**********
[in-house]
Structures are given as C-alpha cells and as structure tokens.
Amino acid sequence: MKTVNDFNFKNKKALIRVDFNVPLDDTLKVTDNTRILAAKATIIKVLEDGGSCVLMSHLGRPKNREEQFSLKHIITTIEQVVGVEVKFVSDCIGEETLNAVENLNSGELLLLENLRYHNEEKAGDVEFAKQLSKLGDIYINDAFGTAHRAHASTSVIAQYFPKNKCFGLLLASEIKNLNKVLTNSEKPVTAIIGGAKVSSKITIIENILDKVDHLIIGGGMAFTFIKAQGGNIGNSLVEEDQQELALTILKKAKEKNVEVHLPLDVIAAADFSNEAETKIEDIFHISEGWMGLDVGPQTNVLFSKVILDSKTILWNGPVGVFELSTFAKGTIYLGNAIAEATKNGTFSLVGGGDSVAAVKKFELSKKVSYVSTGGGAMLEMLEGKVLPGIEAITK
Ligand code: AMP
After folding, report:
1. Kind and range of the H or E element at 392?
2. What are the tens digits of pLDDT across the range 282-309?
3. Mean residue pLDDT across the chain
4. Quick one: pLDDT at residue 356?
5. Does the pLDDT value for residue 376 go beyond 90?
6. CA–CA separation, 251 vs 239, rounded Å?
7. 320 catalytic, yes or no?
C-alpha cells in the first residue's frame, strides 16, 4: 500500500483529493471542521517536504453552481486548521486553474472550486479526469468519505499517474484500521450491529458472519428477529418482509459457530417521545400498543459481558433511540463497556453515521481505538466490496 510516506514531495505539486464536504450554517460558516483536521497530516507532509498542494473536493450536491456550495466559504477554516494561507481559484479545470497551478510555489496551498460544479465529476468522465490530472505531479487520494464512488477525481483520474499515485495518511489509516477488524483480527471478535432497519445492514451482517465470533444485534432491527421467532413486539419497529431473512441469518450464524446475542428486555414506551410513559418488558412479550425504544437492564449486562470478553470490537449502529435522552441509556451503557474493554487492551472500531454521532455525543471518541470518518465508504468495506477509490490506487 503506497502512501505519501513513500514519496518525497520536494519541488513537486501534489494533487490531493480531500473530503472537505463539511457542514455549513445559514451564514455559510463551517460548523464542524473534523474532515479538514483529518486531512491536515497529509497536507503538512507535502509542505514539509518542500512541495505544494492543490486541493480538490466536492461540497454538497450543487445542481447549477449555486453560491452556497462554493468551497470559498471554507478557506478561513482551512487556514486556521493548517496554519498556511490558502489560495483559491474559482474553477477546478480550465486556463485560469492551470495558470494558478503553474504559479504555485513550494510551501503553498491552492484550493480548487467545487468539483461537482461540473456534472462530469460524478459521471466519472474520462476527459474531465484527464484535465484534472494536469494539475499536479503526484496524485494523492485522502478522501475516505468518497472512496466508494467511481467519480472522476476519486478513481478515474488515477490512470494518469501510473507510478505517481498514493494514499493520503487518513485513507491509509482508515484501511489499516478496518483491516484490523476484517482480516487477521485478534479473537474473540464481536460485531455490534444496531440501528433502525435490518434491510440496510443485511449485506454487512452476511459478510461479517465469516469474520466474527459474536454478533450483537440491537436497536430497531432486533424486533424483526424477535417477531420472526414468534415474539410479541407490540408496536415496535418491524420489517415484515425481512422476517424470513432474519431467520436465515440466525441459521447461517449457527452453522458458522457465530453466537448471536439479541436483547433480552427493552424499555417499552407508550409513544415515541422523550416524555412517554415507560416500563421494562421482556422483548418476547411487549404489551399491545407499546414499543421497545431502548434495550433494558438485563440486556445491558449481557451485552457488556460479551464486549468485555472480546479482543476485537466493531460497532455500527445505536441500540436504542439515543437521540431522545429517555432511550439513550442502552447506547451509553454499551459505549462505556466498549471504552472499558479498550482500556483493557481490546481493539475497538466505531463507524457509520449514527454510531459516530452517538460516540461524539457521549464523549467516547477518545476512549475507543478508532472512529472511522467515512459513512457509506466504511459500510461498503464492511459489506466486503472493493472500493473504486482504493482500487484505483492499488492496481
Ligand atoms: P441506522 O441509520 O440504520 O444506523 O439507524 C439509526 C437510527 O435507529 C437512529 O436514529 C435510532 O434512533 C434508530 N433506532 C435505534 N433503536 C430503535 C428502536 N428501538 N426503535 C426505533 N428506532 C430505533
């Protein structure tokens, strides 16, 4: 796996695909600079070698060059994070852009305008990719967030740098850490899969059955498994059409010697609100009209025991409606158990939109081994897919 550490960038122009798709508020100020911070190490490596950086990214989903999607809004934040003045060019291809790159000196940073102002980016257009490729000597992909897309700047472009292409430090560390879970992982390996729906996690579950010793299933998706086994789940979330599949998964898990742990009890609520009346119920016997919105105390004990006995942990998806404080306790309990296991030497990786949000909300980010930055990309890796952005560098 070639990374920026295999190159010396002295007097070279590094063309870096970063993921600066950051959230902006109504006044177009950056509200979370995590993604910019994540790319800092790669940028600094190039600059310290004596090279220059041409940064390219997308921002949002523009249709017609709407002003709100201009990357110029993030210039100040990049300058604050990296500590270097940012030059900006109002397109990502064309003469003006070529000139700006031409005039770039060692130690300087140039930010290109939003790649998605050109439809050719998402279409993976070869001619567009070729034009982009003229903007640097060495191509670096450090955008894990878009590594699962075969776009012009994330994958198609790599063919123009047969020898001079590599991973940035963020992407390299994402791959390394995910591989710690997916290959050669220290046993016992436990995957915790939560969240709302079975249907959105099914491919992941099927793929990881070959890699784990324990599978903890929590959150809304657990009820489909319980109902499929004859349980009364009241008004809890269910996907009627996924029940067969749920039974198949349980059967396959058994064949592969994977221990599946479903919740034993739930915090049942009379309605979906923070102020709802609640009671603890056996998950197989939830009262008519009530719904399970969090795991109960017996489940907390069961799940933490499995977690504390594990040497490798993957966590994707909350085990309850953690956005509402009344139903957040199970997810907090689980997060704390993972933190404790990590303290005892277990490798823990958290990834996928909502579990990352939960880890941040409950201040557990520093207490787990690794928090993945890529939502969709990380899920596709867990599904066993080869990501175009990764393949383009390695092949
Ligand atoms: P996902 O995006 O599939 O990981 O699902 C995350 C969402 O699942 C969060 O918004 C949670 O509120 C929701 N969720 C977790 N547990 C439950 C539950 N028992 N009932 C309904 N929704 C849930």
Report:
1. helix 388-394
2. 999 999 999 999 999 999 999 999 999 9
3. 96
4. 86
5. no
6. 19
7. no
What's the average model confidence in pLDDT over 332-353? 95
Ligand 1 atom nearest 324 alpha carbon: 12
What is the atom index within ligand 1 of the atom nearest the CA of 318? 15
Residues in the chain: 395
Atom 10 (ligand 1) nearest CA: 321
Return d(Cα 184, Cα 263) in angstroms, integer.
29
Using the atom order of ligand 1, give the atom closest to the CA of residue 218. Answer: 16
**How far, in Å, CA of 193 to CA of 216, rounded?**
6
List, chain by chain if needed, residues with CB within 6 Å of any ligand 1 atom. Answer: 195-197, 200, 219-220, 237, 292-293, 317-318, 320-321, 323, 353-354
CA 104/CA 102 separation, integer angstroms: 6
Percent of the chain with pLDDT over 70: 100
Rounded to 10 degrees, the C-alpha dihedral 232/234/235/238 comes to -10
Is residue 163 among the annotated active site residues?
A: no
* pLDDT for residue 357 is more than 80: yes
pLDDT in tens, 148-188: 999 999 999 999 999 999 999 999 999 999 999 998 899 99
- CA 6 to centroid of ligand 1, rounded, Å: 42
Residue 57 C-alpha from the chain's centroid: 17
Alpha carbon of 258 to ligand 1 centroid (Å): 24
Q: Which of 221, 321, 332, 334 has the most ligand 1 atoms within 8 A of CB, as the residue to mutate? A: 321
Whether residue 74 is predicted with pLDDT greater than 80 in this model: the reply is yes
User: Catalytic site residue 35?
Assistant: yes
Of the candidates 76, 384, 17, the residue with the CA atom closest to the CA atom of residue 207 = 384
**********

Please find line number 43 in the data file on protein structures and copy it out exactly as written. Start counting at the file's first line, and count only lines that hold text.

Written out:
- CA 6 to centroid of ligand 1, rounded, Å: 42